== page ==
For our struggle is not against flesh and blood, but against the rulers, against the authorities, against the powers of this dark world and against the spiritual forces of evil in the heavenly realms. Ephesians 6:12 (NIV)

Today when I wondered about neighbors and enemies, I thought of the faces on each “team” and realized, as I have before, that God loves every one of them. Today, when I considered my list of grievances, I also thought of the list someone may be holding against me. Today, what was different about this inner dialog was that I discovered my enemy is not flesh and blood.

Jesus told Peter, “Get behind me, Satan!” not because his disciple had morphed into the devil. The next time I try to put a face on my opponent, I need to stop and put on the armor of God. The enemy will use anyone to further his cause. Even a Christ follower.

Courtney (66books365)

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Leviticus 23, 24; Mark 10:32-52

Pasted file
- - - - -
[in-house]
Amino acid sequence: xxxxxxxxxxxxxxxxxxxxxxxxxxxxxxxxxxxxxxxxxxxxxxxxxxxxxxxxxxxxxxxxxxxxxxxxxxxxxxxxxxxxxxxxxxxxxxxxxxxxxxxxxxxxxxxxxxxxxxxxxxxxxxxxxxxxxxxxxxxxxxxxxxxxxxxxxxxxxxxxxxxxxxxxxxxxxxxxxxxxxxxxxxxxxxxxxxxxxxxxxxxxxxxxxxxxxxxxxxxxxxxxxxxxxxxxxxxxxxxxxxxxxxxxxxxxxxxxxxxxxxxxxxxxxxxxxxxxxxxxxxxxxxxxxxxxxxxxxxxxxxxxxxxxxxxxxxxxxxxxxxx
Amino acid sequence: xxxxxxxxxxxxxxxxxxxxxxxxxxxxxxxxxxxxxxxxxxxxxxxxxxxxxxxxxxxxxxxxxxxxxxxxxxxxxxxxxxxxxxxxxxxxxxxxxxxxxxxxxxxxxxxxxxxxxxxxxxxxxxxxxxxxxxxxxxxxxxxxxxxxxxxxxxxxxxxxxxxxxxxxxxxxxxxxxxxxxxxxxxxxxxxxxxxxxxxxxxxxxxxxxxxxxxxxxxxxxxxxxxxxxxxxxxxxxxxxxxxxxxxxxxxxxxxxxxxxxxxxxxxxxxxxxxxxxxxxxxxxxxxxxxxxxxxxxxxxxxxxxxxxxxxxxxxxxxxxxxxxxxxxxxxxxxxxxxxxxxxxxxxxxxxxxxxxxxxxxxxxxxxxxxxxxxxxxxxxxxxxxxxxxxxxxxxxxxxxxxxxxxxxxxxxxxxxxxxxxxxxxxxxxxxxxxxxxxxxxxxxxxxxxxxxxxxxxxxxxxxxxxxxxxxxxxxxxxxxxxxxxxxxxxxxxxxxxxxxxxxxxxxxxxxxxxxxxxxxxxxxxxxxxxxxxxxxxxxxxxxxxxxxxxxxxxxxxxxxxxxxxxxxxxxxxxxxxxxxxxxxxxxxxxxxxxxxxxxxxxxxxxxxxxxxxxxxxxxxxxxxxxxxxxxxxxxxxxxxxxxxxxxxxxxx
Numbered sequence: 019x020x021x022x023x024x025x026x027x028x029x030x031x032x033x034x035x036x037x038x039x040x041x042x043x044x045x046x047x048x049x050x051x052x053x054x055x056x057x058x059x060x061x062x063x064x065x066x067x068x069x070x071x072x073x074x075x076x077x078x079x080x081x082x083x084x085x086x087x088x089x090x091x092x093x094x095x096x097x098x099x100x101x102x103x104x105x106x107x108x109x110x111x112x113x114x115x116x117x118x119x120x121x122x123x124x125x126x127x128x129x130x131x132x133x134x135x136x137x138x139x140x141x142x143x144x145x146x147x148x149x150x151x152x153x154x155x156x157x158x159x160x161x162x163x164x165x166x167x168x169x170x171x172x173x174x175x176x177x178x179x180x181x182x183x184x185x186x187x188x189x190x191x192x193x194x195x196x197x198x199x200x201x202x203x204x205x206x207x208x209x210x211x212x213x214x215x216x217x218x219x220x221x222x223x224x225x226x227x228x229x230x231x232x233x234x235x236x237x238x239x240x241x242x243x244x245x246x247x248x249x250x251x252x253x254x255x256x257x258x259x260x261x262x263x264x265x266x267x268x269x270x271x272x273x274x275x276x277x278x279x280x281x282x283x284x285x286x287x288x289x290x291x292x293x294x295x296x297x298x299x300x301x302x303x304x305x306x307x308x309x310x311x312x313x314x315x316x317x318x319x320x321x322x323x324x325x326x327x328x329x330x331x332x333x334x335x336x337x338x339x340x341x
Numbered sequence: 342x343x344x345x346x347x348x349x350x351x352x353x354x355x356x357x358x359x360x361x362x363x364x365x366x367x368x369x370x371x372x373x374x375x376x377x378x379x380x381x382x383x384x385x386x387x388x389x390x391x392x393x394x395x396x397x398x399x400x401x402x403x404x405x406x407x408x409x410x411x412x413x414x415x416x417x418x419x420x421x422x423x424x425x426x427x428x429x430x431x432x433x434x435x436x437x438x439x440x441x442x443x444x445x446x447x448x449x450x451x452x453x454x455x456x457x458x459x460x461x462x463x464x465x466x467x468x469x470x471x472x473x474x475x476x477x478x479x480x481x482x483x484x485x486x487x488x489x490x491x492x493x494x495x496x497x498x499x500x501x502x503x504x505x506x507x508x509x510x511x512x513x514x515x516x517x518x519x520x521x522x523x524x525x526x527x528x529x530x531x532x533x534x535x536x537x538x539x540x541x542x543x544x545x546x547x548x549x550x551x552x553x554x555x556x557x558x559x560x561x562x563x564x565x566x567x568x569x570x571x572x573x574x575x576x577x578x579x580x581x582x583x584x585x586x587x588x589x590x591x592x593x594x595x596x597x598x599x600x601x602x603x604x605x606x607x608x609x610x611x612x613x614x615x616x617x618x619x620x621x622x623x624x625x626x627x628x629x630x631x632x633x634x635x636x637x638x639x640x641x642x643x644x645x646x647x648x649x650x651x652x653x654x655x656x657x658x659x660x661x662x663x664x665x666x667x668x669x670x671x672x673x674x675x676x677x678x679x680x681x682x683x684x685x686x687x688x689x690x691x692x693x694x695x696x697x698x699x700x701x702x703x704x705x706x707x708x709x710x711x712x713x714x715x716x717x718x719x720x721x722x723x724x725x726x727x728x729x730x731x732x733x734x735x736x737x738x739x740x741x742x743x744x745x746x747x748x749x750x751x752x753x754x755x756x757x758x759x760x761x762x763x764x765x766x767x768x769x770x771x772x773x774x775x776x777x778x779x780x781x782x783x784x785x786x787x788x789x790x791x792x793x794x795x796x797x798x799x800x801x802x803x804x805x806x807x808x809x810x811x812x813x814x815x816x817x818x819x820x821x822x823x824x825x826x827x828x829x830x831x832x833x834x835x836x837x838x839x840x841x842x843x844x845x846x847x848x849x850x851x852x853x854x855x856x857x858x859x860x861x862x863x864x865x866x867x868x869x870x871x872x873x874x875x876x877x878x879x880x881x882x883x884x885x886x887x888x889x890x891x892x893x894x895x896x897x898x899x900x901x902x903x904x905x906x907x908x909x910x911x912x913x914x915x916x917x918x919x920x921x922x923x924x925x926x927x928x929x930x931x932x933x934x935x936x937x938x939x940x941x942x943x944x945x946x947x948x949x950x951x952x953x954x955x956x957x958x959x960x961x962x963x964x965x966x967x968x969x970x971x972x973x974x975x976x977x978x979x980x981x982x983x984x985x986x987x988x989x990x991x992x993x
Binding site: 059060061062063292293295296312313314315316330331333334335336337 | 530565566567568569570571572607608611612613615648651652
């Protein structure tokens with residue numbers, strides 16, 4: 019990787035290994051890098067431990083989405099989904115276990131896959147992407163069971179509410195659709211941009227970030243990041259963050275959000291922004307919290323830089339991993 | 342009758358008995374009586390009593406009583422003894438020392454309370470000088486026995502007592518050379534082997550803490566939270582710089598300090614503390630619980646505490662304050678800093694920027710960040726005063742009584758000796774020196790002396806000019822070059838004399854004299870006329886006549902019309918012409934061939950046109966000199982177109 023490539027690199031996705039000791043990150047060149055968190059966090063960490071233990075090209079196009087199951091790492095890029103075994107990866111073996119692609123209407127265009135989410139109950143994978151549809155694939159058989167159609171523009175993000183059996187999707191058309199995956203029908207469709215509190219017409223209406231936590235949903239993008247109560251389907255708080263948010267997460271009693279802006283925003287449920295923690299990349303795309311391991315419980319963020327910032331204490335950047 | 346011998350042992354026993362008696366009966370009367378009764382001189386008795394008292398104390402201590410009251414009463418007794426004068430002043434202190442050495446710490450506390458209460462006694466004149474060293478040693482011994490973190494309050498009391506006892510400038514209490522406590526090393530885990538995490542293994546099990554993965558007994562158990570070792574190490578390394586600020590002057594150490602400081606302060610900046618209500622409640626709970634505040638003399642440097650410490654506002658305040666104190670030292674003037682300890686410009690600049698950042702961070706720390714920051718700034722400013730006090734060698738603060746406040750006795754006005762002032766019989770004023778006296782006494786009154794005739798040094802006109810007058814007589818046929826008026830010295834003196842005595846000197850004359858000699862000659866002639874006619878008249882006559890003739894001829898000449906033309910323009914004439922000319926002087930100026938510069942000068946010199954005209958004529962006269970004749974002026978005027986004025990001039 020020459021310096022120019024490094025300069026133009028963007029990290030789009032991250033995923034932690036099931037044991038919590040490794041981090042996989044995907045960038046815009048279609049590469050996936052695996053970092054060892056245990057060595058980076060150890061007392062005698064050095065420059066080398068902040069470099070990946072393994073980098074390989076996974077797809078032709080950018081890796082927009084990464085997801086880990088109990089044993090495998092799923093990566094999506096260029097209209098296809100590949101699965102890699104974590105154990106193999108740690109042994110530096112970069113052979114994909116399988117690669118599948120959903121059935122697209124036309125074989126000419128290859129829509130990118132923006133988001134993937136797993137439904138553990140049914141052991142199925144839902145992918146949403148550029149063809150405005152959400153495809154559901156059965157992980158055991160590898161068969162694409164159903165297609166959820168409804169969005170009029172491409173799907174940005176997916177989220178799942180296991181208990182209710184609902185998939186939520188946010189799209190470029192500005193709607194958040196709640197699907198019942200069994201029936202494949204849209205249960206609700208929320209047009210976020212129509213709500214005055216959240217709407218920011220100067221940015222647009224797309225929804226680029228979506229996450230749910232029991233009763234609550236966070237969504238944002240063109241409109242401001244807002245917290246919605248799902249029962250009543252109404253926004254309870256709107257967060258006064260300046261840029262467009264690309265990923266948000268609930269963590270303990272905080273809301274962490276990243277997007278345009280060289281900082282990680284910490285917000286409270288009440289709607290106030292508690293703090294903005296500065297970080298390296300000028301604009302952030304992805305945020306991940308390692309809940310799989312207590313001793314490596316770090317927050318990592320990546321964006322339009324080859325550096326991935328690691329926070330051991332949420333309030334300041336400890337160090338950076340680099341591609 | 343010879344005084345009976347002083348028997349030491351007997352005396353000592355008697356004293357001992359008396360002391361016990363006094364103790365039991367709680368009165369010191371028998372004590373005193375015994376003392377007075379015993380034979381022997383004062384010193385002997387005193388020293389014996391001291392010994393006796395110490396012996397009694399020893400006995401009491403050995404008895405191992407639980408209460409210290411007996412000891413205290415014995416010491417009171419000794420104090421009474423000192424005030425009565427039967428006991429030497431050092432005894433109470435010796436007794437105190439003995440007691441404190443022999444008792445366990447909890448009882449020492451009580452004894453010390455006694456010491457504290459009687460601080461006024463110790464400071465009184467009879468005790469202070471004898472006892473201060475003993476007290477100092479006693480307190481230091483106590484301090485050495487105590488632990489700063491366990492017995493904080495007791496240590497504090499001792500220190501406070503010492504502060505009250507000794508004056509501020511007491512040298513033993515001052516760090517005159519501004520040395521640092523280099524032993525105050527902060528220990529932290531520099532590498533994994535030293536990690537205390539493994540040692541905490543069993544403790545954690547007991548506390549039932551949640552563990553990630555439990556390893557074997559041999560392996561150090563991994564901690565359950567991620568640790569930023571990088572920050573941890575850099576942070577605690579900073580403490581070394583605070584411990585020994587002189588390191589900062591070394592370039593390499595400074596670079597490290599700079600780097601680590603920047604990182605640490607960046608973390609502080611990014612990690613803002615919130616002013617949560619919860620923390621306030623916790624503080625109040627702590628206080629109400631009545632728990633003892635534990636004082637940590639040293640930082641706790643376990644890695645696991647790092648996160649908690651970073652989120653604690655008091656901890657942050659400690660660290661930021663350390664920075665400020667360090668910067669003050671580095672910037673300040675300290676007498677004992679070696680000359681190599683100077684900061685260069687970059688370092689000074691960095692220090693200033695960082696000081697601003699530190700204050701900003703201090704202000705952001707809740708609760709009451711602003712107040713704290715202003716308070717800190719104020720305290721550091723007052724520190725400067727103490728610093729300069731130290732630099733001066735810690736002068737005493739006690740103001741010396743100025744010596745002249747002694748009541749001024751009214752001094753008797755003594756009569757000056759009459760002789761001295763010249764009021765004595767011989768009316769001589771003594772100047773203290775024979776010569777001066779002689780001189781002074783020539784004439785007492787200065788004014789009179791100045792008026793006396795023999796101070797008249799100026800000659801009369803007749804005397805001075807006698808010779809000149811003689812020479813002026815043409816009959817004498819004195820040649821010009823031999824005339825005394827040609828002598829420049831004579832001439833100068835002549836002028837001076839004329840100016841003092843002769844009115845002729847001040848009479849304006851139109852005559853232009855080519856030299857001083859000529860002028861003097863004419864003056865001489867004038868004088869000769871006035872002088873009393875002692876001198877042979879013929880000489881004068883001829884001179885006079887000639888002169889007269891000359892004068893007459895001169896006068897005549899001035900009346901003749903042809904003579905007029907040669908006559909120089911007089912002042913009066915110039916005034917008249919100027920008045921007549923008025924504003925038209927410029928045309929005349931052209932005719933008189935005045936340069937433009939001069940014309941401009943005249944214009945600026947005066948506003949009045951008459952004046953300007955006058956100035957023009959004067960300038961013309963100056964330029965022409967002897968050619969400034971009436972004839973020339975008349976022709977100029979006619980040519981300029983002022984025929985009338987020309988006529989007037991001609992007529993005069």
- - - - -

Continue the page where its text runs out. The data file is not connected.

Would you rather have a relationship or rules?

The thing about a relationship is they take work; whether marriage, family, or friends, there’s give and take.  They take effort and caring about someone else’s needs, often times above your own.  Rules, on the other hand, just take one thing: obedience.  You don’t have to care about the person or thing you are following.  The only “work” involved in rules is following them.  But is following rules the only thing you want out of life, or do you want more?

God wants more; that’s why He created human beings—others to be in a relationship with Him.  He didn’t want a bunch of “yes-men.”  He wanted people who would love Him and love nothing more than having relationship with Him.  But when we turn down the chance for a relationship with God, all we’re left with are rules.  That became very clear to me in reading Leviticus 23.  I discovered that their choosing rules over relationship demanded they live ceremonious lifestyles at least 118 days per year.  And where does the relationship come in, you ask?  With Jesus.